December 29, 2009

Mexico’s bloody cartel war is reflected in a controversial but popular folk-music called narcocorridos, or drug ballads — which does not condemn criminality, but in fact, romanticizes drug kingpins, glorifying their shootouts, brutal operations and inter-gang betrayals. One of the best-selling albums of the year, “The Power of Chapo,” glowingly describes the exploits of a fugitive drug lord.

With over 13,500 people killed in drug-related violence since the crackdown began in 2006 after the election of President Felipe Calderon, experts have expressed concern that such music undermines government efforts in fighting the drug cartels, and fuels a backlash against authorities.

“It’s possible that this kind of music desensitizes Mexicans to what’s going on,” said Ruben Tinajero Medina, a musicologist at the University of Chihuahua.

Fighting-cock breeder, Reynaldo Martinez, 71, the most prolific composer of songs extolling the drug leaders, brags, “The kids of Reynosa and Matamoros and many parts of Mexico learn the words to a corrido before they learn the National Anthem.”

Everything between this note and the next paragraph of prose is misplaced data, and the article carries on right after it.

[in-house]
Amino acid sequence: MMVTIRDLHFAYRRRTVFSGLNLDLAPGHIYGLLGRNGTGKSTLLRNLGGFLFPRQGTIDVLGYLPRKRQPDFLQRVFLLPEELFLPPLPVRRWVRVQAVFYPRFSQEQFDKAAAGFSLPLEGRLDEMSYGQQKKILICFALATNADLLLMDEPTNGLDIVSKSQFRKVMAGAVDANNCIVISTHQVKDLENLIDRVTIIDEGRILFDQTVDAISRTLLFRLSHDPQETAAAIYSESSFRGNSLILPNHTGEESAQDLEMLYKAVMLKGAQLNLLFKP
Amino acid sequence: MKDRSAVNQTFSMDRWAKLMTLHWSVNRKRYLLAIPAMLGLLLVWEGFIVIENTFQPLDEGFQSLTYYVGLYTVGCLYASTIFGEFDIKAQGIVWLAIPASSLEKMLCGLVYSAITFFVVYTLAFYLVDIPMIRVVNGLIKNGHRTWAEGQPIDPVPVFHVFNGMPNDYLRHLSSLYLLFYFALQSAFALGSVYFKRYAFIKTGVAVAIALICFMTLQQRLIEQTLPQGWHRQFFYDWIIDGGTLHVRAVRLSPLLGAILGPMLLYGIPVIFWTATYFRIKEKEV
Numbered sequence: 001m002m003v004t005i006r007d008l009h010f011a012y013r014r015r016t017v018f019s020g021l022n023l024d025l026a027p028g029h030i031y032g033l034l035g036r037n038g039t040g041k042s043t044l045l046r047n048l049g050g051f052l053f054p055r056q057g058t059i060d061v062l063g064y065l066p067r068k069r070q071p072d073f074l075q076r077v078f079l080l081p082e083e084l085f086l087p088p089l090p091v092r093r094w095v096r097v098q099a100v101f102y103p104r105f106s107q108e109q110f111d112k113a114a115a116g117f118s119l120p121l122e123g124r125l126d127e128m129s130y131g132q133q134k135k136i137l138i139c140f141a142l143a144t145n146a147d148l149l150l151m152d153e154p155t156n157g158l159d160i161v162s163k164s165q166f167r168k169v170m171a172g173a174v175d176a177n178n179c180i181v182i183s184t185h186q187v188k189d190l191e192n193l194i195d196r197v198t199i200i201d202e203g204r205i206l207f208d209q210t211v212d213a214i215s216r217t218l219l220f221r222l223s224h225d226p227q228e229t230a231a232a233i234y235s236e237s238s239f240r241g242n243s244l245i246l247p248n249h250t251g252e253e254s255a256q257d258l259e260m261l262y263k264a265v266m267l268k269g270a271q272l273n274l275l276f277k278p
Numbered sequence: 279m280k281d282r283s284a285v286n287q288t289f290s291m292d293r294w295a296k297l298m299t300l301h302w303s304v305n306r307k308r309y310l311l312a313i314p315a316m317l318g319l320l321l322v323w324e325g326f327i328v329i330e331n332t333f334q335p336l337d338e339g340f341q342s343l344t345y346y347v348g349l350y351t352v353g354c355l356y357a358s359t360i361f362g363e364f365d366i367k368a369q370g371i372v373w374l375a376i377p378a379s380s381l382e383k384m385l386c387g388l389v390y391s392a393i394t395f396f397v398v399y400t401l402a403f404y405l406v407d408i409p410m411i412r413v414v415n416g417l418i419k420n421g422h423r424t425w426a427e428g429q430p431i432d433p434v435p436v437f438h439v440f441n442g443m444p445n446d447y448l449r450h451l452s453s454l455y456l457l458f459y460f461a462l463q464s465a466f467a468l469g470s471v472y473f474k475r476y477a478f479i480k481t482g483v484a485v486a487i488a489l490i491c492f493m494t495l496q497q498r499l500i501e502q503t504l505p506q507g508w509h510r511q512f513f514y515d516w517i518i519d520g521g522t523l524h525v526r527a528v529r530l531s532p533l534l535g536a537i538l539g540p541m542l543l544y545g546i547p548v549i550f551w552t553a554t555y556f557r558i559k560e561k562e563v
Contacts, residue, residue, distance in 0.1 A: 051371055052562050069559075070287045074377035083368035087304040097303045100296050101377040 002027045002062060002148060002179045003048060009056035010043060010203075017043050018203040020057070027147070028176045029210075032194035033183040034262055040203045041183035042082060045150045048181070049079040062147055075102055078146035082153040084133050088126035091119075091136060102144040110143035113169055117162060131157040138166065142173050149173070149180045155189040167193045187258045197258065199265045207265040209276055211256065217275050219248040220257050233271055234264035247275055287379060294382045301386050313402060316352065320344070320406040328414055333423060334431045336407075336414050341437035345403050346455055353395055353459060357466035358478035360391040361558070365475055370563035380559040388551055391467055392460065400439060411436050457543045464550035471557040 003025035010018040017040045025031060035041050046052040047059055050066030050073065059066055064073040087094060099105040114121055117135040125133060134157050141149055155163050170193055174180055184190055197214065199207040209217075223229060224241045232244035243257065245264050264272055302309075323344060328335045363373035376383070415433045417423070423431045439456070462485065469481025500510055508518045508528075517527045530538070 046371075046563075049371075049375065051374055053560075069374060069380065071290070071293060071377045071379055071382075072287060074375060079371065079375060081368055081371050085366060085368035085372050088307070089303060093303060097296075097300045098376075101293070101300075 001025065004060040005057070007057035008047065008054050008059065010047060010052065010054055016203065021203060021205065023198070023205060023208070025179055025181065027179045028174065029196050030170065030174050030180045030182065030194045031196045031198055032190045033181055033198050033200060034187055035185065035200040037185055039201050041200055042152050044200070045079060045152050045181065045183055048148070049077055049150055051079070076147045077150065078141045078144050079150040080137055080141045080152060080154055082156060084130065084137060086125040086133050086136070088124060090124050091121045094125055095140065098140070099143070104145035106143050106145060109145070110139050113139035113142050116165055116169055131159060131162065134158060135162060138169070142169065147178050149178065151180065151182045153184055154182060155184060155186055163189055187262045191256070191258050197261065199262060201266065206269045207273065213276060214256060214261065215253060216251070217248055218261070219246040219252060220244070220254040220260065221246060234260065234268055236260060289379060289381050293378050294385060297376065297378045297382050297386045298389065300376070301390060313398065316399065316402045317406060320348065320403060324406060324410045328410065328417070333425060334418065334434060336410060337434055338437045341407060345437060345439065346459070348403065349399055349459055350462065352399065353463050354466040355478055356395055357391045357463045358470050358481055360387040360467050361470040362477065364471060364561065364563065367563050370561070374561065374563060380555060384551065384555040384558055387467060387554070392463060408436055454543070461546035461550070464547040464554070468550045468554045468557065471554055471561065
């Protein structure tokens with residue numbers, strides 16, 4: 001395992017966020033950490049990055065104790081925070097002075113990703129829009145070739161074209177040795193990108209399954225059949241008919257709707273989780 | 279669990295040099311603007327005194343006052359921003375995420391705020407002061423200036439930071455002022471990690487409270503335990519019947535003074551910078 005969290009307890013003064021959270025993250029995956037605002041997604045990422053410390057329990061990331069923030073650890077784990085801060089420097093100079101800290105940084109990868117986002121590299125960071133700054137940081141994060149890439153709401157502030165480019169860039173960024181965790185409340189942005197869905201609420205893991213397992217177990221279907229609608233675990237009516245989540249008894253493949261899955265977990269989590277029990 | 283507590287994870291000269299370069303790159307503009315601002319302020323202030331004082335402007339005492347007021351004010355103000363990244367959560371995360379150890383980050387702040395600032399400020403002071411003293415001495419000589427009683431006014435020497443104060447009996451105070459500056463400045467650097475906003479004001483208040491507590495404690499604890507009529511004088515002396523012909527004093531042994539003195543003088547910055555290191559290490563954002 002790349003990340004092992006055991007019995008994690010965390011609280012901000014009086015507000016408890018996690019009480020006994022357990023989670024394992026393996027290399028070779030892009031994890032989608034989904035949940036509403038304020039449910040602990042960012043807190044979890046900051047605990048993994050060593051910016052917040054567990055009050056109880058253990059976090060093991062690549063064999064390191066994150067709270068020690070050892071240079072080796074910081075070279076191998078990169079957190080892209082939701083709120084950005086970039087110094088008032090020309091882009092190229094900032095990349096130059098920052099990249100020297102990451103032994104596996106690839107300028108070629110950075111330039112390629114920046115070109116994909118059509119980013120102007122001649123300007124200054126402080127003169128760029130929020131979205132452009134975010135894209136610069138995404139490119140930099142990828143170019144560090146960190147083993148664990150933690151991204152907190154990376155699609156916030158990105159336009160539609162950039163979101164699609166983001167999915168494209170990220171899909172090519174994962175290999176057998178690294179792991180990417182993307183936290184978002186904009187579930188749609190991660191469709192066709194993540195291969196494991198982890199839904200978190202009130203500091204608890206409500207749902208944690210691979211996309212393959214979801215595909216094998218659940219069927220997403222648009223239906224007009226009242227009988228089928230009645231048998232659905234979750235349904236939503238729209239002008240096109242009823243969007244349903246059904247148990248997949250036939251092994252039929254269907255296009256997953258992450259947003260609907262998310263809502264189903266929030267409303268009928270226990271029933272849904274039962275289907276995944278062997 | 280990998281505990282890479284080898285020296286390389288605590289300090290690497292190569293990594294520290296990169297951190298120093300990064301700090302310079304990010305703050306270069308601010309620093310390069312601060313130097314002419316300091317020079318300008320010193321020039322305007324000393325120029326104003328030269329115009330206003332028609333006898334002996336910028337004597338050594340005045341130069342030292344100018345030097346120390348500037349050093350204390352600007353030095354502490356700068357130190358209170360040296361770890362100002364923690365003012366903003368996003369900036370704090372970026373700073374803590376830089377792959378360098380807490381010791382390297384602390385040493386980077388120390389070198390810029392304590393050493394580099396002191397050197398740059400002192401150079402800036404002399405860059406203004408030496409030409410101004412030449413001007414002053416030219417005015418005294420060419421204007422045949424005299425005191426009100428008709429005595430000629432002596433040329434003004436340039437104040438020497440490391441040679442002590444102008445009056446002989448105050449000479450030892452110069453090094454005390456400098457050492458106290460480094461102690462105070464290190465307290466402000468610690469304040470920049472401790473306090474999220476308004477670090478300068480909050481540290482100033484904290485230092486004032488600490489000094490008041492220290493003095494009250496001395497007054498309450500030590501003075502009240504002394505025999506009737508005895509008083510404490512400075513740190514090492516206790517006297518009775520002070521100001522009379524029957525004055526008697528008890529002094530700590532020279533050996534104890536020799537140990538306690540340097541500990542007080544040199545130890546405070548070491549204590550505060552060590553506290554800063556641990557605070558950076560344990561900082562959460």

Mexico’s best-selling CDs feature covers with musicians brandishing AK-47s, imitating the drug traffickers they extol. Drug mafias like the Sinaloans, La Familia and the Zetas have grown more powerful than the police and the Mexican army, which are also riddled with corruption. And more than a dozen Mexican musicians were murdered between 2006 and 2008 for the risky business of singing lyrics considered offensive to competing drug leaders. 

Several hundred law enforcement officials have also been killed, although 85% were drug gang members, the American Spectator reported last March.

The daily reports on the proliferation of this malodorous music.

Taking bets on JNo’s departure

December 29, 2009

It’s all too clear how much the daily detests going after Janet Napolitano. The pain of having to expose her as the incompetent she is, is exceedingly evident.  But, do it they must. What choice is there when her potentially deadly inaction and deplorable double talk are bared?   By the end of this editorial they finally say it, although using restraint and still throwing out a word-tarp for cover.

But this actually appears in print in the Arizona Republic: Homeland Security Secretary Janet Napolitano had her own failure on Sunday, with her jaw-dropping comment that the system was working smoothly.